And when we are out there, you are one social baby. You smile at anything that moves, and you grab for just about anything that catches your eye. Lucky for us you're stuck in your infant seat during most of our outings and can't go toppling piles of pretty things in stores. But you love people. All anyone has to do is give you a sideways glance, and you're showering them with Tessa love. Which, in your case, is a giant 2-tooth grin that would melt the polar ice caps faster than global warming. And when you laugh, there's just nowhere else I'd rather be than with you, doing whatever it takes to keep that wonderful noise coming.

You're getting so strong! Tummy time used to be a battle - you gamely putting up with it for a minute or two and then wailing away until we stopped the torture. But now you roll all over the place, often winding up on your tummy where you push up to look into the mirror on your playmat or to grin at us with a definite air of accomplishment. It's rare to find you asleep on your back anymore, even though that's how we put you down - like your sister, you just want to be on your tummy with your little bum up in the air.

You're starting to sleep better at night, that stretch of illness aside. I suspect this is in no small part down to your increased physical activity. A few weeks ago, you went a miraculous 8 1/2 hours straight. At the time, I wanted to hold a parade in your honor, but then you started getting pretty consistent with the longer stretches of sleep. They're not always as long as that 8 1/2 hour marvel, but they're pretty solid. You know nighttime, and I have to believe the rest will follow. You have your bad nights (you'll know these by the mornings when Daddy says, "hey there, little sleep terrorist!"), but I think we're doing okay overall. If I could only go to sleep when you do, I could actually benefit from your sleeping longer, but 7:30pm just isn't going to happen for me, I'm afraid.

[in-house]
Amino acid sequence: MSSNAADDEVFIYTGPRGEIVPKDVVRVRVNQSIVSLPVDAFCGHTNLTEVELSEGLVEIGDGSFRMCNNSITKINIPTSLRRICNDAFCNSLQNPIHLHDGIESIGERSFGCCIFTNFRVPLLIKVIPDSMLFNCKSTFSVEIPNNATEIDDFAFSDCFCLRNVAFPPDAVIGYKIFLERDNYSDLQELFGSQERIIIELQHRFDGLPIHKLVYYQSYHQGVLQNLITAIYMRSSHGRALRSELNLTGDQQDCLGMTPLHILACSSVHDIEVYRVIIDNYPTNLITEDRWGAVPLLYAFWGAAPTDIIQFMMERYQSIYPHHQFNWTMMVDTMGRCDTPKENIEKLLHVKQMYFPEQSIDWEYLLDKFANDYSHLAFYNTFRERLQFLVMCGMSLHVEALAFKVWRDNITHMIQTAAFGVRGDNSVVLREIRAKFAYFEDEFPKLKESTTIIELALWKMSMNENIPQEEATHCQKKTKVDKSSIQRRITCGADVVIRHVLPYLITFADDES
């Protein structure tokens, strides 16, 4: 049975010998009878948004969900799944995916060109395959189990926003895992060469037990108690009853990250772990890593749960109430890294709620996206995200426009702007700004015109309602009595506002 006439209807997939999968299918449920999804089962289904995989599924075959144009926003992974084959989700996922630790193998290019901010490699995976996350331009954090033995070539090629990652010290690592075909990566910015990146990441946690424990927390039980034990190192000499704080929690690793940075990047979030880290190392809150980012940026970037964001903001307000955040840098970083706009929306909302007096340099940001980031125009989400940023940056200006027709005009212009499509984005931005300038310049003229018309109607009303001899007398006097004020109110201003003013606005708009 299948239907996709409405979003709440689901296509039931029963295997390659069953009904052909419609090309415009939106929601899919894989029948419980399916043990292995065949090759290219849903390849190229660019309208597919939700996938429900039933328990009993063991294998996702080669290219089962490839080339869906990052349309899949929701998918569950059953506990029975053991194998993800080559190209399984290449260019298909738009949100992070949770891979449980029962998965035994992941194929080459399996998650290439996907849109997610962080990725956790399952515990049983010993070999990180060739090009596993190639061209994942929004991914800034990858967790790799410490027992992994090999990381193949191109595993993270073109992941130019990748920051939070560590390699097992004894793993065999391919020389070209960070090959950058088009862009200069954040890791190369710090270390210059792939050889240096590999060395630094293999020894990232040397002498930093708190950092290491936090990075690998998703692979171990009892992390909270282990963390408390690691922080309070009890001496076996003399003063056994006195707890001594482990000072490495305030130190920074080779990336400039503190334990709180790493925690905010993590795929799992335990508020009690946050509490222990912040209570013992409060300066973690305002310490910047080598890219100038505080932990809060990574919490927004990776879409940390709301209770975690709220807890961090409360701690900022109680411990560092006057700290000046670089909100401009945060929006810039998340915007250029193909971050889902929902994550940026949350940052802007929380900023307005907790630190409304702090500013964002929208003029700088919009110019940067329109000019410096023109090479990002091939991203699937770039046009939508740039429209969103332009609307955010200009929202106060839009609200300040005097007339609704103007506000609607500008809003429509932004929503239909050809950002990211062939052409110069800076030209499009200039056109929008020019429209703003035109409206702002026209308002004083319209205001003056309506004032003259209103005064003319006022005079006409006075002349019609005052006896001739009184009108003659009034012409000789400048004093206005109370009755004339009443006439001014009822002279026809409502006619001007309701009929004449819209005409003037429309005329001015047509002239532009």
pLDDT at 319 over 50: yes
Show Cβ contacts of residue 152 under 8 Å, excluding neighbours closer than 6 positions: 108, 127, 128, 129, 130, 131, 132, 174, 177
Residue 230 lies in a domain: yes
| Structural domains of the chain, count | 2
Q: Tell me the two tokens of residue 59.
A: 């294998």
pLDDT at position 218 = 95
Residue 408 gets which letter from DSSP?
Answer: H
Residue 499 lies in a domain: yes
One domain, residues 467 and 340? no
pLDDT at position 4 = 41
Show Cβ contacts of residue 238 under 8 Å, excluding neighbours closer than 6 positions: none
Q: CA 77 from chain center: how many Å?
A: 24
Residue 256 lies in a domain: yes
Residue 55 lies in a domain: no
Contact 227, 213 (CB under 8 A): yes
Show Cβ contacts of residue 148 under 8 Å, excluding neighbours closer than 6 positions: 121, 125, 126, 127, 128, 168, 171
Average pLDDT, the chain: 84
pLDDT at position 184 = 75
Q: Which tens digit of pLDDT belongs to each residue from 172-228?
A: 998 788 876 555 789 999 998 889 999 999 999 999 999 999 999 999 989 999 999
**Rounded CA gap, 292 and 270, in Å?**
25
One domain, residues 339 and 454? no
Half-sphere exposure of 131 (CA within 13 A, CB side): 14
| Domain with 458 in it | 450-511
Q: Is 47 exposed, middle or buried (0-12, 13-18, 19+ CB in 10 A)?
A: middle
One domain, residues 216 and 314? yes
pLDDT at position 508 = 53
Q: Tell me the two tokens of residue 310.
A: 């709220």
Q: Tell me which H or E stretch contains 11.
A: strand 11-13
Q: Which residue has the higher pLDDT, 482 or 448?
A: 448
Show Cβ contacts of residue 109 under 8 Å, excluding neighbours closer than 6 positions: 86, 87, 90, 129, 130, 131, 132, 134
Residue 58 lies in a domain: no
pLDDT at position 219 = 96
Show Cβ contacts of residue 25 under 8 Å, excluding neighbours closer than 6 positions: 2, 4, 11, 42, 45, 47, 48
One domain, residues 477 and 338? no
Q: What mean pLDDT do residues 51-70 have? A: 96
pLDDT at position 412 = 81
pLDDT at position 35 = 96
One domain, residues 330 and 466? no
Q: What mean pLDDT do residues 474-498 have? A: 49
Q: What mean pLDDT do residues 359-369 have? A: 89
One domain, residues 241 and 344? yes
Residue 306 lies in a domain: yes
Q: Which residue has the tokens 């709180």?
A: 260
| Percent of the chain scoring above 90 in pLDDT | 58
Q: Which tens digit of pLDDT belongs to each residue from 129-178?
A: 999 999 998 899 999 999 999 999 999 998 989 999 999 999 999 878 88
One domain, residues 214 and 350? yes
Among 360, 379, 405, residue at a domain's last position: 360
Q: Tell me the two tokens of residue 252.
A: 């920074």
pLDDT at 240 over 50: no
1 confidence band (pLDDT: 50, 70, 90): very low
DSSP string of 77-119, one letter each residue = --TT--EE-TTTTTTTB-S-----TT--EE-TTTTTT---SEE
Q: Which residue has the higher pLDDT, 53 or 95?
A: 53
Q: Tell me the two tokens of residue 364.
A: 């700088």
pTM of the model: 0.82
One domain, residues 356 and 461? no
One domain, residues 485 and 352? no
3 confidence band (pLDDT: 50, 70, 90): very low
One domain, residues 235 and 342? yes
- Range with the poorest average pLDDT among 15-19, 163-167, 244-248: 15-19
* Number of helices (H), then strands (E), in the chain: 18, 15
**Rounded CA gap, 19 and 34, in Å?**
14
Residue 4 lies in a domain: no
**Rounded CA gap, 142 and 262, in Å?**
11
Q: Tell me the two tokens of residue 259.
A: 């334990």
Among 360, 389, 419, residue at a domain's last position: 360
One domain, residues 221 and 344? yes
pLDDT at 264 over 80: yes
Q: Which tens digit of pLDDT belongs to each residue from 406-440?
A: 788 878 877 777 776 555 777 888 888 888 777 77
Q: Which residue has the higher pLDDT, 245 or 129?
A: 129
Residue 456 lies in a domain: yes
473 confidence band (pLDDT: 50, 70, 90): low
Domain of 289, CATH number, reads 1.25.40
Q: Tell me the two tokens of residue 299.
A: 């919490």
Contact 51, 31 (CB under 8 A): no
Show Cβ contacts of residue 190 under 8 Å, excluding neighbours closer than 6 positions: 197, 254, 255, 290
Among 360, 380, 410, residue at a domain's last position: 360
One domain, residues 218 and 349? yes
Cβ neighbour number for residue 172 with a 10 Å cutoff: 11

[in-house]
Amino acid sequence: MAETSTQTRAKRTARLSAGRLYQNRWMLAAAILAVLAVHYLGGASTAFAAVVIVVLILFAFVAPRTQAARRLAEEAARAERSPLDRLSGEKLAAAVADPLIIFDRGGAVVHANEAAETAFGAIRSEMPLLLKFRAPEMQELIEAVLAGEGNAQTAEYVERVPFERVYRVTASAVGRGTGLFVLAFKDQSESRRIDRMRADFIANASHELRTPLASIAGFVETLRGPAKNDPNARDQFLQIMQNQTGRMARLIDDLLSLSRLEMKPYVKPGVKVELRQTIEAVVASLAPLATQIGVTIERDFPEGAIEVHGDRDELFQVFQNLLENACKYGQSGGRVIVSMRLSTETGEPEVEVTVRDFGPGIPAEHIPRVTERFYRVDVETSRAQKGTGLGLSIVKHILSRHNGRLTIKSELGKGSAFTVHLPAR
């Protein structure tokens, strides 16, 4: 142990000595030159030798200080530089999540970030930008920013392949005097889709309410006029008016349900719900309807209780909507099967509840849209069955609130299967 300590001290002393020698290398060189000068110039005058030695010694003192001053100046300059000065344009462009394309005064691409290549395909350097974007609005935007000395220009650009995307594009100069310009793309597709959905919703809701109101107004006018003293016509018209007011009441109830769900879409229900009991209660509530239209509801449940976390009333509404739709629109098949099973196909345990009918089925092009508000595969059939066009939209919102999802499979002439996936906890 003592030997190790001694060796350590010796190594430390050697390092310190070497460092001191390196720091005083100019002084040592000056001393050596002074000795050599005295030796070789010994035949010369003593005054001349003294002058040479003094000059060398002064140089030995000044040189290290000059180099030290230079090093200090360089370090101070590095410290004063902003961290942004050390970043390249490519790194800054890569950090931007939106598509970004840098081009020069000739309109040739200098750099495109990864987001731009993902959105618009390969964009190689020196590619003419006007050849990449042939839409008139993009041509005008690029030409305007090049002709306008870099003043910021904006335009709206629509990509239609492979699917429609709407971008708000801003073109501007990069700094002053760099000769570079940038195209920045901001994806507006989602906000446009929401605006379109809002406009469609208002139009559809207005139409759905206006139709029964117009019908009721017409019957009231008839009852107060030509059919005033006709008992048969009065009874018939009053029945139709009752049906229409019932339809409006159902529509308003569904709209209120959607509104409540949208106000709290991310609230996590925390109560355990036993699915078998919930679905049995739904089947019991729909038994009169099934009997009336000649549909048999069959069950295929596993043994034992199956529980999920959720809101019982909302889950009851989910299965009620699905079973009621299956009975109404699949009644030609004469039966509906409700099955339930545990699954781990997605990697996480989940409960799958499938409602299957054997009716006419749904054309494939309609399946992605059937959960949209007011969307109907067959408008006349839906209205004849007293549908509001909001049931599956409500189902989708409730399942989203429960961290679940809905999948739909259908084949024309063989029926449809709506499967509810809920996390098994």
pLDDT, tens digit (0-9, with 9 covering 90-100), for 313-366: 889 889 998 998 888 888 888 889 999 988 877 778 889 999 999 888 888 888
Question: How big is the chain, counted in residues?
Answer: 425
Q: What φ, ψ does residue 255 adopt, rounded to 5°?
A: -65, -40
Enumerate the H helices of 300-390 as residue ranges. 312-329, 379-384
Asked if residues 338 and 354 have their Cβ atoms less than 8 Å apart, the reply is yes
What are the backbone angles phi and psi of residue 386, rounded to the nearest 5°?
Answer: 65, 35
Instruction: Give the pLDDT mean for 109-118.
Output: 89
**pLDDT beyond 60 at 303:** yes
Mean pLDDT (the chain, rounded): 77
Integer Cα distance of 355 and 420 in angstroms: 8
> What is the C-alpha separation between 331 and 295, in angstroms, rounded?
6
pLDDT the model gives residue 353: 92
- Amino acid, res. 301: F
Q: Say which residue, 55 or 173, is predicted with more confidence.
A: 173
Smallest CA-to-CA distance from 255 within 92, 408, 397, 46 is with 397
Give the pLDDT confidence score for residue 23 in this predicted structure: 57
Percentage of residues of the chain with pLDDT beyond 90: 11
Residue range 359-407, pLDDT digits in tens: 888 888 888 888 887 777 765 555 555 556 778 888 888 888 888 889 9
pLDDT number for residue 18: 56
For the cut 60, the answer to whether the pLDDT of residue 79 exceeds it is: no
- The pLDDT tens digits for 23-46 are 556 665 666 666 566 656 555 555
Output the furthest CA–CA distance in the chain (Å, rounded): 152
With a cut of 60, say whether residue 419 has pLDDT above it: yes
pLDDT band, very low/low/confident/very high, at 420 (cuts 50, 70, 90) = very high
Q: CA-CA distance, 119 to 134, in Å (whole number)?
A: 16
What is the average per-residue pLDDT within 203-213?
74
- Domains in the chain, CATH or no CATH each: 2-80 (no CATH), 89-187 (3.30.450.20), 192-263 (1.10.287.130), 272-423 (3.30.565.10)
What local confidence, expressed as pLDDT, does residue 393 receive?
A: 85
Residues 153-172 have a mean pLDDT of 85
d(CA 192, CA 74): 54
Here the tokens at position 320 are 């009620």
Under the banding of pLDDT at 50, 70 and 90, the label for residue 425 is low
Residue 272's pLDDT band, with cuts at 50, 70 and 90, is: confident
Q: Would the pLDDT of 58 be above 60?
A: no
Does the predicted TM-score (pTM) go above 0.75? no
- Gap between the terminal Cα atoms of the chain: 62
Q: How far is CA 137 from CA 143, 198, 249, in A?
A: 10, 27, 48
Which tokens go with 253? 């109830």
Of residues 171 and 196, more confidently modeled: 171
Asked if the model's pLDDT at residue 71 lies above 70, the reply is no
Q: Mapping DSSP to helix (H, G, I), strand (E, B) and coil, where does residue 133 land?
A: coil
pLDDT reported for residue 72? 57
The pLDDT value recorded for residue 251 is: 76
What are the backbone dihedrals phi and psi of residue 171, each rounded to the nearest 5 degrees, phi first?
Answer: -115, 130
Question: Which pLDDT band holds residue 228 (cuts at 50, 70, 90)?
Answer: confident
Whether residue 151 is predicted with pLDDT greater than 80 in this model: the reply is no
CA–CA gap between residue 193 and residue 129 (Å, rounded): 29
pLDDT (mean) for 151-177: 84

A couple of weeks ago, we propped you up in your high chair at the kitchen table and spooned some mad concoction into your mouth. Okay, it was just rice cereal. From the look on your face, though, you'd think we'd just slipped you a nice toxic waste cocktail. But just for the first bite...once we're through that one, you've been diving for the spoon like a baby bird. I have to say, it's pretty fun to have all four of us sitting down to dinner together, even if that does involve your sister declaring herself "all done" five minutes in and you arching your back to be freed from your little rice cereal prison five minutes after that. I imagine this is a preview of things to come.